Assisted Living

What is Assisted Living?

Assisted living is a long-term care option that combines housing, support services and health care tailored to each residents need. Assisted Living is designed for individuals who require some limited assistance with everyday activities such as meals, medication management or assistance with bathing, dressing and transportation. Some residents may have memory disorders including Alzheimer's, or they may need help with mobility, incontinence or other challenges. Residents are assessed regularly, at least quarterly and the assessment is used to develop an Individualized Service Plan.

Overview of Assisted Living

Assisted living is usually considered a more residential alternative to traditional nursing home care. Generally assisted living serves individuals who are more independent and self-mobile with fewer needs than people usually served by nursing homes. You will usually find fewer nursing staff and licensed nurses in assisted living than are found in a nursing home.

Licensure Standards

While nursing homes are regulated and licensed according to national standards set by the federal government assisted living centers are regulated according to each states individual regulatory standards. In New Hampshire there are actually two designated levels of care that are referred to as “Residential Care” and “Supported Residential Care”. Licensure at the Supported Residential Care level allows for the provision of a somewhat higher level of care although the state designated levels do not set strict criteria. The Warde Center is licensed at the Supported Residential Care level.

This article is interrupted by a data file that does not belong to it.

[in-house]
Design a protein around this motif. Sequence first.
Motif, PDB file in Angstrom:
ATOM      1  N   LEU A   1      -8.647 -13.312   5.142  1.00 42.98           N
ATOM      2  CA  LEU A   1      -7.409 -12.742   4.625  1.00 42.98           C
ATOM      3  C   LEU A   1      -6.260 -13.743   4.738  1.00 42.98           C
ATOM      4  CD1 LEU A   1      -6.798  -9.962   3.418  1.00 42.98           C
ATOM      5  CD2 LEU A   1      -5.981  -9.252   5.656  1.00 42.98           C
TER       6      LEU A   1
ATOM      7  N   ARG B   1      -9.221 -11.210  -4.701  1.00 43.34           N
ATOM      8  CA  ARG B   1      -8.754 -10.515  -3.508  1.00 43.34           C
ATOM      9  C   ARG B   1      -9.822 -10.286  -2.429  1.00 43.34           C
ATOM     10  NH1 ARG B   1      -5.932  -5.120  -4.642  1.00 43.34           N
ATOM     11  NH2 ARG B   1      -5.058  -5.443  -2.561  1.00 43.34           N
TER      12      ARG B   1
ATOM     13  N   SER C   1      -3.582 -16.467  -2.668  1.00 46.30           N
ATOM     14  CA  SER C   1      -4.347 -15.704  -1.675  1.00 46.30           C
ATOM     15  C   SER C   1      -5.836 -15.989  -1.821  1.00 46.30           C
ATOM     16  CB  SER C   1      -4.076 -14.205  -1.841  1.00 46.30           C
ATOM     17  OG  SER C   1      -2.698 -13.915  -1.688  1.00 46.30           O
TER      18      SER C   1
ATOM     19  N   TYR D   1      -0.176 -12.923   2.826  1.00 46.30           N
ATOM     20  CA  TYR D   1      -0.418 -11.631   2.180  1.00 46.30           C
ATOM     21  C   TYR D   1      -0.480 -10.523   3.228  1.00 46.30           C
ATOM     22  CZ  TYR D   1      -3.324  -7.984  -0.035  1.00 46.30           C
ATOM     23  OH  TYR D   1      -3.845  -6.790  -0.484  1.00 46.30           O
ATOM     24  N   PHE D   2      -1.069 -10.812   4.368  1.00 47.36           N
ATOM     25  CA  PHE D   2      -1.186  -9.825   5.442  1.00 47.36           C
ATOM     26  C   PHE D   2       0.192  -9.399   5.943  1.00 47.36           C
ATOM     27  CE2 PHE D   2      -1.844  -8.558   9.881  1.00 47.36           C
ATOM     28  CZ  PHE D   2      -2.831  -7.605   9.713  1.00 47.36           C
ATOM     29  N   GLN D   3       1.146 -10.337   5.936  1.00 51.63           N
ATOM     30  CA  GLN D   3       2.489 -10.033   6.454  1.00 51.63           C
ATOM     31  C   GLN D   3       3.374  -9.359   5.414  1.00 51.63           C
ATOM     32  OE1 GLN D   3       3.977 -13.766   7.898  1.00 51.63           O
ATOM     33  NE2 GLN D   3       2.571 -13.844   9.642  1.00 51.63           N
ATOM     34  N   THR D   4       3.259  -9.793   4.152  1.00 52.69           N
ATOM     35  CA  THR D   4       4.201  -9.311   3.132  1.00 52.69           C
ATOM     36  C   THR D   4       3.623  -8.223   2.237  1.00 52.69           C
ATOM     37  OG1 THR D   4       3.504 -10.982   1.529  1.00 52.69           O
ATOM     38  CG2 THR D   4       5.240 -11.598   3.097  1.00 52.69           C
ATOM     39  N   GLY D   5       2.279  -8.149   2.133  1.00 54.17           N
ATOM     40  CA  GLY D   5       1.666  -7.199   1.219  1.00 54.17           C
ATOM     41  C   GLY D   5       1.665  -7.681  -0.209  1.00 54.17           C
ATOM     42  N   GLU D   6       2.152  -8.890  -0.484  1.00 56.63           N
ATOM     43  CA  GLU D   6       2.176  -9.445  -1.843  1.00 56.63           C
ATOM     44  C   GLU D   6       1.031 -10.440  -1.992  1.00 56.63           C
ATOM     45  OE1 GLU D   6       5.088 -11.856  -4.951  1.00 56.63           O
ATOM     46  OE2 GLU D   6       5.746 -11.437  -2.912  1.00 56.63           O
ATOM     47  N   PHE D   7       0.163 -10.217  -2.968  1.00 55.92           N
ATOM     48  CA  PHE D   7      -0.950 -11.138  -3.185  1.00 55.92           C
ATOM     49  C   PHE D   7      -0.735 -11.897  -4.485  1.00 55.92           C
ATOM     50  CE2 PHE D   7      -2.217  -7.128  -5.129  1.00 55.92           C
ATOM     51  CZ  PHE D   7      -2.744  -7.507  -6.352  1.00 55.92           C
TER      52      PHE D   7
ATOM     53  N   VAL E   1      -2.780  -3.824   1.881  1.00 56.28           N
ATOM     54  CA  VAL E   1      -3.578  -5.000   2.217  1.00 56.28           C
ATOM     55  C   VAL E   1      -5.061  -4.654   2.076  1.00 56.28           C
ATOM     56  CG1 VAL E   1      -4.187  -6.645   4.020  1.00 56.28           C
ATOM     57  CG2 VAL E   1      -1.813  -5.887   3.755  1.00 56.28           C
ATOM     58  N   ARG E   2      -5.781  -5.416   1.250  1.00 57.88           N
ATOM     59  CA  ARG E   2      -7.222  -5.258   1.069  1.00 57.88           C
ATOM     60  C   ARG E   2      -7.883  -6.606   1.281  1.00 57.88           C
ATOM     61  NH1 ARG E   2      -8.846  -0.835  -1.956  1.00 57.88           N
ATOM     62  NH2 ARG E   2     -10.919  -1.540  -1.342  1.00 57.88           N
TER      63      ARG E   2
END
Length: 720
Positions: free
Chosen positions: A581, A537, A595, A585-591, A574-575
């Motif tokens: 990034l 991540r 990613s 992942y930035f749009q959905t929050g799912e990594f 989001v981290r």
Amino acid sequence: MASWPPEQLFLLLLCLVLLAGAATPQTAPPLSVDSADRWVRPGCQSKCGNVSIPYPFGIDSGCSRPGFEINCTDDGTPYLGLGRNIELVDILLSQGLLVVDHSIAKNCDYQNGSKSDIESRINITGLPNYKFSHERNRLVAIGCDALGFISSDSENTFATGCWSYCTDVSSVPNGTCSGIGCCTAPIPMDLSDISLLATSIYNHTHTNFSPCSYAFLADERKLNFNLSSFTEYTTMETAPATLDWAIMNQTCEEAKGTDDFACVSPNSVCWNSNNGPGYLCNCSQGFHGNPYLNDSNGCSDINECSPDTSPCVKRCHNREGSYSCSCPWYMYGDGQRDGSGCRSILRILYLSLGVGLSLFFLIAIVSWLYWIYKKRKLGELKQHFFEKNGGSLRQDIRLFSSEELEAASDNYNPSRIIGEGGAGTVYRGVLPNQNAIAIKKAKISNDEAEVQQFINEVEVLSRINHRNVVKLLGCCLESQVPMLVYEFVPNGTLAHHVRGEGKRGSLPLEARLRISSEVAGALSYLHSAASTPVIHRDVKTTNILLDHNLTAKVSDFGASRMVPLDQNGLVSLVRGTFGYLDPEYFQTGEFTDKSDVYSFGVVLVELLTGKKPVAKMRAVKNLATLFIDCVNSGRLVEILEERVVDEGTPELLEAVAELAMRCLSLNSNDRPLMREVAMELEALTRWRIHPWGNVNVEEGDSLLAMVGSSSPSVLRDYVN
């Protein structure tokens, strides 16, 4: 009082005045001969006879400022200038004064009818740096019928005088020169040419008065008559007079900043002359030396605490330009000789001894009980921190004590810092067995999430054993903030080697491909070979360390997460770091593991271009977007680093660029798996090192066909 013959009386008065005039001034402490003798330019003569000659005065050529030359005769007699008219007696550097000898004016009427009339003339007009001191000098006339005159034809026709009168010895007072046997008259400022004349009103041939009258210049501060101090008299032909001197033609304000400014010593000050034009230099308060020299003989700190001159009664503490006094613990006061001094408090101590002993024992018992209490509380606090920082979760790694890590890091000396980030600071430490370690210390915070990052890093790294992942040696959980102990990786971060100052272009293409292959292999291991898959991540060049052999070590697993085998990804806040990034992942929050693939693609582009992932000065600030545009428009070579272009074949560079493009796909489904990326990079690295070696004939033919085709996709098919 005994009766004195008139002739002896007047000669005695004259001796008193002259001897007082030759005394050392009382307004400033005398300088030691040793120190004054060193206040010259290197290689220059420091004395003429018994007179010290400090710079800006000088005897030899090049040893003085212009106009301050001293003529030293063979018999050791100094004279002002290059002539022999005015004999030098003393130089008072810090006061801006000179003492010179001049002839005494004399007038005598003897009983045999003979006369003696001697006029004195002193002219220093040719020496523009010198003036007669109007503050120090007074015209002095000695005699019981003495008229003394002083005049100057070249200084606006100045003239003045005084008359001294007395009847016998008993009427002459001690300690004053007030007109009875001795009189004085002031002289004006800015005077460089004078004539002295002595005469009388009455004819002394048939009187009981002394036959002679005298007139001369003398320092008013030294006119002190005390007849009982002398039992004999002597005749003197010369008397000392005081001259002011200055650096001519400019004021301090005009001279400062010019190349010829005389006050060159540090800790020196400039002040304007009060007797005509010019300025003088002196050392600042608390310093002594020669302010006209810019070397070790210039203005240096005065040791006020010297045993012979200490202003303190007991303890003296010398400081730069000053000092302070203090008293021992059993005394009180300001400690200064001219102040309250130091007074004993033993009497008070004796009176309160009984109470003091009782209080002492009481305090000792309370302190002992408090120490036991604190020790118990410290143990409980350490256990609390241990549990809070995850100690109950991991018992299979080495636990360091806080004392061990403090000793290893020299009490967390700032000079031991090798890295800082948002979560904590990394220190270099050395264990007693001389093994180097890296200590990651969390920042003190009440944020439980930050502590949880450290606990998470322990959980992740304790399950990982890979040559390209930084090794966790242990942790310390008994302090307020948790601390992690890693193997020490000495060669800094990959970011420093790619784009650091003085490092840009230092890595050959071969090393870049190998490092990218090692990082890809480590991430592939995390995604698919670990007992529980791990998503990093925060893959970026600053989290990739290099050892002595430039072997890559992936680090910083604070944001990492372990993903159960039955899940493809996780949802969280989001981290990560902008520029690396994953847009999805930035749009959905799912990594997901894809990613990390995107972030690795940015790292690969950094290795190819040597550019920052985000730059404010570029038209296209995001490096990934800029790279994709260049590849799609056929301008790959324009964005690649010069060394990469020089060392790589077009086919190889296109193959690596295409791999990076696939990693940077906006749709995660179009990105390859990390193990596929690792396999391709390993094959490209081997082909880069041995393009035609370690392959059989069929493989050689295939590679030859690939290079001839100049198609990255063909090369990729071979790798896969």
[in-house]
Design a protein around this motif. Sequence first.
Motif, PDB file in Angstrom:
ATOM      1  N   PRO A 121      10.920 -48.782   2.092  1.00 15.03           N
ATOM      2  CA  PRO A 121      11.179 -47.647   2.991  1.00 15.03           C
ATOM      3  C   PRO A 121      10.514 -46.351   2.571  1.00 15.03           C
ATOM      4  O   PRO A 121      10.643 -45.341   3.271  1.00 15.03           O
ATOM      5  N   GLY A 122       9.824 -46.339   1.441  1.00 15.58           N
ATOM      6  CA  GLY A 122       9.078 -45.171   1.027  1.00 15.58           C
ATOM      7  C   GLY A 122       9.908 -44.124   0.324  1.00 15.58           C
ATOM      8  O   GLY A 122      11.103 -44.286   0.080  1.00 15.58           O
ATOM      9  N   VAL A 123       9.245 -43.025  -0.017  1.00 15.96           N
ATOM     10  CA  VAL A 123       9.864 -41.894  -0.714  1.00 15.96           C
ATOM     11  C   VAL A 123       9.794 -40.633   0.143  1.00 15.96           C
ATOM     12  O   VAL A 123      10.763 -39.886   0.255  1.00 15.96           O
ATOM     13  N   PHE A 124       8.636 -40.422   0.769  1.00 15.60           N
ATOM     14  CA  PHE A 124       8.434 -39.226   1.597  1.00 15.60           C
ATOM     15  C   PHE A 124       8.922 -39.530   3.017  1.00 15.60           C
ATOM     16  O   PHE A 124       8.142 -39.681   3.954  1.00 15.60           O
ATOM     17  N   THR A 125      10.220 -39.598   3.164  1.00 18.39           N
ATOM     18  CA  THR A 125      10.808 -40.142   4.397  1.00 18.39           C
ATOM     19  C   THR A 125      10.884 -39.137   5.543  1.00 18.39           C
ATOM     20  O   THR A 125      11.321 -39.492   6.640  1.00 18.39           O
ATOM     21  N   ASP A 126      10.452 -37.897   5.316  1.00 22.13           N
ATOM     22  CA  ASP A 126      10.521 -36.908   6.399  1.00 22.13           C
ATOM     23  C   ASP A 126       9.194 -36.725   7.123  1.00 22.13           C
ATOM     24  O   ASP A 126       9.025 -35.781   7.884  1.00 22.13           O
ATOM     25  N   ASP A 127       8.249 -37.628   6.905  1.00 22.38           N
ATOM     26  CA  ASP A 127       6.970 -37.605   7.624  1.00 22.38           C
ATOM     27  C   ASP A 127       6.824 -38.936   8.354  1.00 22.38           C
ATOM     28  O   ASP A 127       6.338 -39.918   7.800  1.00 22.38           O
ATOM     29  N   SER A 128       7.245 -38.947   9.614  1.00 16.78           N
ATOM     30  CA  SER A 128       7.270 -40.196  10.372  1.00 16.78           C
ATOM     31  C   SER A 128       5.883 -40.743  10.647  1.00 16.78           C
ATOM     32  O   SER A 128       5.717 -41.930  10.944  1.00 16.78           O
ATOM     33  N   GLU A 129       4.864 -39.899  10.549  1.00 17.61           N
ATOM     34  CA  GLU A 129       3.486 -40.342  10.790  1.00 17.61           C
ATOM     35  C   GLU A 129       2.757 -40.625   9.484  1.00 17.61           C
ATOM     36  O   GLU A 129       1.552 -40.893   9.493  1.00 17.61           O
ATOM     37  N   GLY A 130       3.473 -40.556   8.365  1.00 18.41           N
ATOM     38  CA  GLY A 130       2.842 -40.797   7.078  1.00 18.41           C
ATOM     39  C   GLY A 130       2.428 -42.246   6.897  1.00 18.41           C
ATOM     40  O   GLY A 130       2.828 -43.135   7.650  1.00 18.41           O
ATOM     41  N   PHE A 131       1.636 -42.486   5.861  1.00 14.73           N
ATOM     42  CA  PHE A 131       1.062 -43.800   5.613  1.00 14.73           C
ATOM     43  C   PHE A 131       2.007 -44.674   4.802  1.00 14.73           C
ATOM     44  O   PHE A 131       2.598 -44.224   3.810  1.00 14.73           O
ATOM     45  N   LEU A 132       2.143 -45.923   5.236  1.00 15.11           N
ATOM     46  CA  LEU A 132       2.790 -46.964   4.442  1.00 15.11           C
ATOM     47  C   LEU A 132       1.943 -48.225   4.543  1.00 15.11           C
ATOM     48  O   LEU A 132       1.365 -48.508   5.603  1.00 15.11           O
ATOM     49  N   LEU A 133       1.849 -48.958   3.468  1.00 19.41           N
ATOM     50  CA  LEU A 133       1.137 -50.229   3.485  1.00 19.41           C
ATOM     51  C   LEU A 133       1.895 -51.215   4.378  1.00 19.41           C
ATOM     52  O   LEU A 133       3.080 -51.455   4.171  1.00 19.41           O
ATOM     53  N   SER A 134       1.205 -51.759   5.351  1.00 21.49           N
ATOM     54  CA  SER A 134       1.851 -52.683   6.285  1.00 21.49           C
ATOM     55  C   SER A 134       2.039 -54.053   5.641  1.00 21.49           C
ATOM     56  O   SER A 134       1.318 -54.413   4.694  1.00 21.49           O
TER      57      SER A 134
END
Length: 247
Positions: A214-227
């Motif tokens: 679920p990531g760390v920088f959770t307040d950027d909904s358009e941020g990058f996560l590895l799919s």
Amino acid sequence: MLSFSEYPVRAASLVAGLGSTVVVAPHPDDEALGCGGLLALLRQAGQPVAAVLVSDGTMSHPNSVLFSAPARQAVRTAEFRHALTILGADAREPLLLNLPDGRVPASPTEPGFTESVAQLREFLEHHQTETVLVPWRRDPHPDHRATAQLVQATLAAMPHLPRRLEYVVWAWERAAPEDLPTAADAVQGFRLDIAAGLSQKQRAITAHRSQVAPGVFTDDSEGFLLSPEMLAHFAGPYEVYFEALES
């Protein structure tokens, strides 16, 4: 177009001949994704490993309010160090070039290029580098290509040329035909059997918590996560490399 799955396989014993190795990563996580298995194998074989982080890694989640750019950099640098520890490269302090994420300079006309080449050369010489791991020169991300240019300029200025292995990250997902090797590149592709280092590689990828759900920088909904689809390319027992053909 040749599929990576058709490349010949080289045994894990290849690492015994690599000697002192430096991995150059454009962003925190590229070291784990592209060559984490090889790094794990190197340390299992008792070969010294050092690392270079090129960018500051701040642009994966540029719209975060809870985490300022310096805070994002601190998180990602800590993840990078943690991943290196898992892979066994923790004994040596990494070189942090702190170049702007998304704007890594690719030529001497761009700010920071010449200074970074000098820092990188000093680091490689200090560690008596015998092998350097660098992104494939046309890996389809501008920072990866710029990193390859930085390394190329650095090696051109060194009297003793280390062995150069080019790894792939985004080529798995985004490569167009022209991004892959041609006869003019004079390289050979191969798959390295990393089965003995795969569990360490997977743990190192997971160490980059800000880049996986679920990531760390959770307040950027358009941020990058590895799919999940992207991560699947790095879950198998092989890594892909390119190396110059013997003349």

Services Offered in Assisted Living

Amenities include:

  • Three meals a day served in a common dining area
  • Housekeeping services
  • Transportation
  • 24-hour security
  • Exercise and wellness programs
  • Personal laundry services
  • Social and recreational activities

Personal care in assisted living includes:

  • Staff available to respond to both scheduled and unscheduled needs
  • Assistance with bathing, dressing, toileting, and walking
  • Access to health and medical services, such as physical therapy and hospice
  • Emergency call systems for each resident’s apartment
  • Medication management
  • Care for residents with cognitive impairments